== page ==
The corollary is; people are not dummies, or stupid. If you hear sentences beginning either, “surely people can” or “you would have to be an idiot to”, be immediately on your guard. A crass and incorrect generalisation is about to follow, an over- or underestimation of how people are, usually in order to justify a piece of awful or inadequate design.

I stress this because it is not an idea you will readily find in design literature. You may find partial accounts of it, or caricatures of it, but never really embraced in all its difficulties.

Respect the subtle. People deserve the best.

Old Testament
Green, M; Allen, M; Abrams, B; Weintraub, L. Forensic Vision with Application to Highway Safety. Lawyers & Judges Publishing Company, 2008

Typography
Dowding, Geoffrey. Finer Points in the Spacing & Arrangement of Type. Wace, 1966
Swann, Cal. Language and typography. John Wiley & Sons Incorporated, 1991
Swann, Cal. Techniques of typography. Vol. 2. Lund Humphries, 1969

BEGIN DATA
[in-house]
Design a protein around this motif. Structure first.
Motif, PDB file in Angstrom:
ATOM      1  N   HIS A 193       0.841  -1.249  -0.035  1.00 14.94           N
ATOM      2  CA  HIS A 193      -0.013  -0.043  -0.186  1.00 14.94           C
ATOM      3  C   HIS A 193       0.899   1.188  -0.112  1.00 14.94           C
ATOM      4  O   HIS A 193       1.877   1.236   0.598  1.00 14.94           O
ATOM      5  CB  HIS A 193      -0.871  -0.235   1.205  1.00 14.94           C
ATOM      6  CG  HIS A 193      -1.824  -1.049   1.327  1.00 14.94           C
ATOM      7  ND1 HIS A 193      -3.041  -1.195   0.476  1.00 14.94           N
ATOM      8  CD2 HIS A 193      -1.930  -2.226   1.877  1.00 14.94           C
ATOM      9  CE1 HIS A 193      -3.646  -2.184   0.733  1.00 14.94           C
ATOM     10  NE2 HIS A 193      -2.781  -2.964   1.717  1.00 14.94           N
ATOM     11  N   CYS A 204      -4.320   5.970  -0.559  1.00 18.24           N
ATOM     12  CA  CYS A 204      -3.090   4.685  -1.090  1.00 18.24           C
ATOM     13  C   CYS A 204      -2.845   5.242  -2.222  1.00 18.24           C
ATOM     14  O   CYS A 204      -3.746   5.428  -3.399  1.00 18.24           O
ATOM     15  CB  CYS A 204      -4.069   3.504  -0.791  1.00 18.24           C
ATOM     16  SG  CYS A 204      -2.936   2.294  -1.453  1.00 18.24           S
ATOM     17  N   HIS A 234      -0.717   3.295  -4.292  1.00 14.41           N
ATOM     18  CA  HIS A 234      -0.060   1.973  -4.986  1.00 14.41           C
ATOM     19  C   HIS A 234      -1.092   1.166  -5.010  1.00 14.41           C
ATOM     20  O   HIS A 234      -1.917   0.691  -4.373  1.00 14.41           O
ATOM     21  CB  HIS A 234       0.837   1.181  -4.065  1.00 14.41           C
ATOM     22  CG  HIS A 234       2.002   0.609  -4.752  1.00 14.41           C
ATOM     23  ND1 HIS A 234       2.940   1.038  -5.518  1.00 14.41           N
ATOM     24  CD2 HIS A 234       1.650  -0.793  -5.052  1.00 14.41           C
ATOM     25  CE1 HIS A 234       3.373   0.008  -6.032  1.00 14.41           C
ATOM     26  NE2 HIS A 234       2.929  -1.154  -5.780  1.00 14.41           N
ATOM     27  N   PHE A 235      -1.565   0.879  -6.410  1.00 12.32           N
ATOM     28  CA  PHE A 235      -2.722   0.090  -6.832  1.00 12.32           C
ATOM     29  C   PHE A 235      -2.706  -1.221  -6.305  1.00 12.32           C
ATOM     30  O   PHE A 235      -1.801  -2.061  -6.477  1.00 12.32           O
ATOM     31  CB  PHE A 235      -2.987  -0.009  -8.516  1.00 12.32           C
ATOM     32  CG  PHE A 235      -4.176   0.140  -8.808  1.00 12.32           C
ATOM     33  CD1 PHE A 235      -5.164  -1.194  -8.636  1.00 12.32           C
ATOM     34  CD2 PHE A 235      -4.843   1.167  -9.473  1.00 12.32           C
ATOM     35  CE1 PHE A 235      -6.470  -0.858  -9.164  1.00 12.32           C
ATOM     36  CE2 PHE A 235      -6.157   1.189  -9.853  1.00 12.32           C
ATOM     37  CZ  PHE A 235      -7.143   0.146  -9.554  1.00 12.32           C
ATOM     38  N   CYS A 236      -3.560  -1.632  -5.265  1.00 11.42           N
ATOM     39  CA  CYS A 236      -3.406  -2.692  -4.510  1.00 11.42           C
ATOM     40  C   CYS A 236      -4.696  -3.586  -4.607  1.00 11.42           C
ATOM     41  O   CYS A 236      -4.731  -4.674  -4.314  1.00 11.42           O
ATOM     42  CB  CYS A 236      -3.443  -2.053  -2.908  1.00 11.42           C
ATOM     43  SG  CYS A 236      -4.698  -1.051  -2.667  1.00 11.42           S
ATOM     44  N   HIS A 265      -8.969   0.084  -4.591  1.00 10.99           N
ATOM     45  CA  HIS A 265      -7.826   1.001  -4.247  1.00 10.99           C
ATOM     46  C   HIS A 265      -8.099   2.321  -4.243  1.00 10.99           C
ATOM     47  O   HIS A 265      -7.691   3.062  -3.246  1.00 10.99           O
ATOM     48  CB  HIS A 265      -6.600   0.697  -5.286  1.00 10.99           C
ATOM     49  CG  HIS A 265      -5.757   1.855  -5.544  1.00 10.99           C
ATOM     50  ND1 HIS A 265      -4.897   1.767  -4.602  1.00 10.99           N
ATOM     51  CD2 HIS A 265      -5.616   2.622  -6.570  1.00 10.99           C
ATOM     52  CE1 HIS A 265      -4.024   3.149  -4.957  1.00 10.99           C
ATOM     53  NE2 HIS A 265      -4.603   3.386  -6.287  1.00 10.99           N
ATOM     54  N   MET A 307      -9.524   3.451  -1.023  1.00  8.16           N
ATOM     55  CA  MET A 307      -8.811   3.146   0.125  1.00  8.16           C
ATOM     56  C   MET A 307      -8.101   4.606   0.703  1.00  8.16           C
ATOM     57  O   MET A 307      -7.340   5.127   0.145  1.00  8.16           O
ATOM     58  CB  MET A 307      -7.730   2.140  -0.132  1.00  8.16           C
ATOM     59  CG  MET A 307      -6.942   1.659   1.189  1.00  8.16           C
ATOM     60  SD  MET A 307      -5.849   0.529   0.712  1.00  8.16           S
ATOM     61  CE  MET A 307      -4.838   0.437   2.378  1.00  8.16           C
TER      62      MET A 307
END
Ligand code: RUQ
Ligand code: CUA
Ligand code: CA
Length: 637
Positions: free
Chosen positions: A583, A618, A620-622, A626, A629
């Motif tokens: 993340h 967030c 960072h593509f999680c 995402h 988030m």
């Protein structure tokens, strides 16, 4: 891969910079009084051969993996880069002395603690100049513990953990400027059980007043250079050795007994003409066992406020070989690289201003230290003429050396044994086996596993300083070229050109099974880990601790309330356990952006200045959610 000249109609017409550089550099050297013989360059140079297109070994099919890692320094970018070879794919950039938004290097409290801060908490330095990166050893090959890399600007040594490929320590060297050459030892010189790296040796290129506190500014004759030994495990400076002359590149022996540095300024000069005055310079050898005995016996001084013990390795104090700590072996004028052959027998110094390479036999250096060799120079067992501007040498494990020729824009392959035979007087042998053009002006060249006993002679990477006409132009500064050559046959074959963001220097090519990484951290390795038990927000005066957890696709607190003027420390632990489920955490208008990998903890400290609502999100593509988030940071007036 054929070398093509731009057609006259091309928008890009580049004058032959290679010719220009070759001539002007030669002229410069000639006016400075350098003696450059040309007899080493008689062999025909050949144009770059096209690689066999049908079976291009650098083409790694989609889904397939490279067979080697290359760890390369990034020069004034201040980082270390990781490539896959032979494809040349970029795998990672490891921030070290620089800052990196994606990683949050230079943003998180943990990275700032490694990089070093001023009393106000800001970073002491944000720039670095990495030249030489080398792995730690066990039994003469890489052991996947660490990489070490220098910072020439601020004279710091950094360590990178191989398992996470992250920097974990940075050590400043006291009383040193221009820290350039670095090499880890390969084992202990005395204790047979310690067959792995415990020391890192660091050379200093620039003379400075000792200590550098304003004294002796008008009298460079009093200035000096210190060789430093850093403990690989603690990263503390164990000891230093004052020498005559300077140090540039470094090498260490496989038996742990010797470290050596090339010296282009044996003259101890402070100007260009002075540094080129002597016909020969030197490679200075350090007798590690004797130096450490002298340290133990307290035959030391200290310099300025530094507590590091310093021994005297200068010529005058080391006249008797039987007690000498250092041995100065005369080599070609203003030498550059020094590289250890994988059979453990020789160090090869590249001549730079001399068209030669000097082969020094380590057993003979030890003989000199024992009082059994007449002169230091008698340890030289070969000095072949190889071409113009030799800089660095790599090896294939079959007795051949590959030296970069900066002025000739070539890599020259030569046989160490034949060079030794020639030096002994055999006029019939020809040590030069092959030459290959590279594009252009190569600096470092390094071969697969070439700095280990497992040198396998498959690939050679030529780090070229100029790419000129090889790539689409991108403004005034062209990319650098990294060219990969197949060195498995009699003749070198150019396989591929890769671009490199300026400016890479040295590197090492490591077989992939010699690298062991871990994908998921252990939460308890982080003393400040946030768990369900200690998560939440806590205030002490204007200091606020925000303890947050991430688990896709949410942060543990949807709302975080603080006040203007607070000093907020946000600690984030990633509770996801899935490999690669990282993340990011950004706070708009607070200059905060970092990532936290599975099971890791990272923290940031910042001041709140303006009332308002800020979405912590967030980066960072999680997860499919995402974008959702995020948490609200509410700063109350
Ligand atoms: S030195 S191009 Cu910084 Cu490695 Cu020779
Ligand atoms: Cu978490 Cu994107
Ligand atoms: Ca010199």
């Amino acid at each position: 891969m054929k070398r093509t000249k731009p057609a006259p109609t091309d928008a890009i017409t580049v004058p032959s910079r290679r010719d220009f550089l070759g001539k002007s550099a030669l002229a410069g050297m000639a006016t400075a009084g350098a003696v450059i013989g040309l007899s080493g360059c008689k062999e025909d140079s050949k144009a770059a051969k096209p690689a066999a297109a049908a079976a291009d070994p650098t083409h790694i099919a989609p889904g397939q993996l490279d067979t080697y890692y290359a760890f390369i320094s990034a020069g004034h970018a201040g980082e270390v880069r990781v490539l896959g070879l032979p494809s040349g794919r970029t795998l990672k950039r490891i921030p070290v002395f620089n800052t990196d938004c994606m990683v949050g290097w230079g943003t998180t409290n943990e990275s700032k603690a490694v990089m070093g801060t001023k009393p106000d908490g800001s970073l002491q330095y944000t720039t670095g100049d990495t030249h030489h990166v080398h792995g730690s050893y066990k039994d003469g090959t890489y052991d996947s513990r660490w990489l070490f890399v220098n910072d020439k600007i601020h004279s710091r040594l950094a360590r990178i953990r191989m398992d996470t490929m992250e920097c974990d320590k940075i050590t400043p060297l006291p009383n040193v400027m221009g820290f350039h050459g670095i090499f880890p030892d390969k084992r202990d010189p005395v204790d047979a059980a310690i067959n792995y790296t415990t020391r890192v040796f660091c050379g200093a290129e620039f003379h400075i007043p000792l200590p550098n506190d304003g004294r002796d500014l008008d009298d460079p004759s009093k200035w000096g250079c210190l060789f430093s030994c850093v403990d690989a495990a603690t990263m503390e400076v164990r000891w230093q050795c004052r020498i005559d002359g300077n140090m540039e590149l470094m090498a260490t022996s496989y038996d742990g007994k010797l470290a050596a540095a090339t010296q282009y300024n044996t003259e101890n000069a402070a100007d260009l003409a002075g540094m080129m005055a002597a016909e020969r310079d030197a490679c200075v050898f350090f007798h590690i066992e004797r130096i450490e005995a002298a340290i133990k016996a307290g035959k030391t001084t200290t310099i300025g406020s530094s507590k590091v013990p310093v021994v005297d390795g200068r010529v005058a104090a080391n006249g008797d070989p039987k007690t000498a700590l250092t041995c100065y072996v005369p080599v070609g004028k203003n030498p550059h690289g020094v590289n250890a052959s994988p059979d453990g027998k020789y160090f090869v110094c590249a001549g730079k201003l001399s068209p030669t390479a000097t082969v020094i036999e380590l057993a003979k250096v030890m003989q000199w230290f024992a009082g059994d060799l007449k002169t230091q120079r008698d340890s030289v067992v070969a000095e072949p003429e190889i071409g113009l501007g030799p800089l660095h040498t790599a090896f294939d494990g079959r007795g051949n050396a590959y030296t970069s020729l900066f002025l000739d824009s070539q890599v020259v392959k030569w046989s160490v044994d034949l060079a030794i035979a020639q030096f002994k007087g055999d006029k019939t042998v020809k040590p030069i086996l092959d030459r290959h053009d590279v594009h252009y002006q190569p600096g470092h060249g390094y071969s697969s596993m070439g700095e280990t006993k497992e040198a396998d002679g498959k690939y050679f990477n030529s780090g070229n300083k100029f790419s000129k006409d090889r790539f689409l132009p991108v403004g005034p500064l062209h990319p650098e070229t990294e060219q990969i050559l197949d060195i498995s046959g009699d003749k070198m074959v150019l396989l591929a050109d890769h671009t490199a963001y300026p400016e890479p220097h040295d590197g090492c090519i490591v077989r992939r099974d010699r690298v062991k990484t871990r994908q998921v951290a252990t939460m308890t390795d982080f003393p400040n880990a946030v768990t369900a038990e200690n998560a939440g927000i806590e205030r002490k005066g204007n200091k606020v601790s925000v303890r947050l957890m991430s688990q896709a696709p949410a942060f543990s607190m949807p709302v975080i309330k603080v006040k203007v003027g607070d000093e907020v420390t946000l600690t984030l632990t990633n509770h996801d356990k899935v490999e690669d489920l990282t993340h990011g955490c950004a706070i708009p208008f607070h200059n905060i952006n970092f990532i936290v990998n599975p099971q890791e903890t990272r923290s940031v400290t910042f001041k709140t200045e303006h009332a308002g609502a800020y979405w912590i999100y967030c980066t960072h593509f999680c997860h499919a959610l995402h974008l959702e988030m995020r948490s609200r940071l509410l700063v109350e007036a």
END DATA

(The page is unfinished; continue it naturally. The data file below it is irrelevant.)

Spiekermann, Erik. Stop stealing sheep and find out how type works. Pearson Education, 2013

Legibility
Spencer, Herbert. The Visible Word. Lund Humphries, 1969
Zachrisson, Bror. Studies in the legibility of printed text. Almqvist & Wisell, 1965

Colour
Albers, Josef. Interaction of color. Yale University Press, 1975

Grids
Crosby/Fletcher/Forbes. A sign systems manual. Praeger, 1970
Müller-Brockmann, Josef. Grid systems in graphic design: a visual communication manual for graphic designers, typographers and three dimensional designers. Niggli, 1981
Vinh, Khoi. Ordering Disorder: Grid Principles for Web Design. Pearson Education, 2010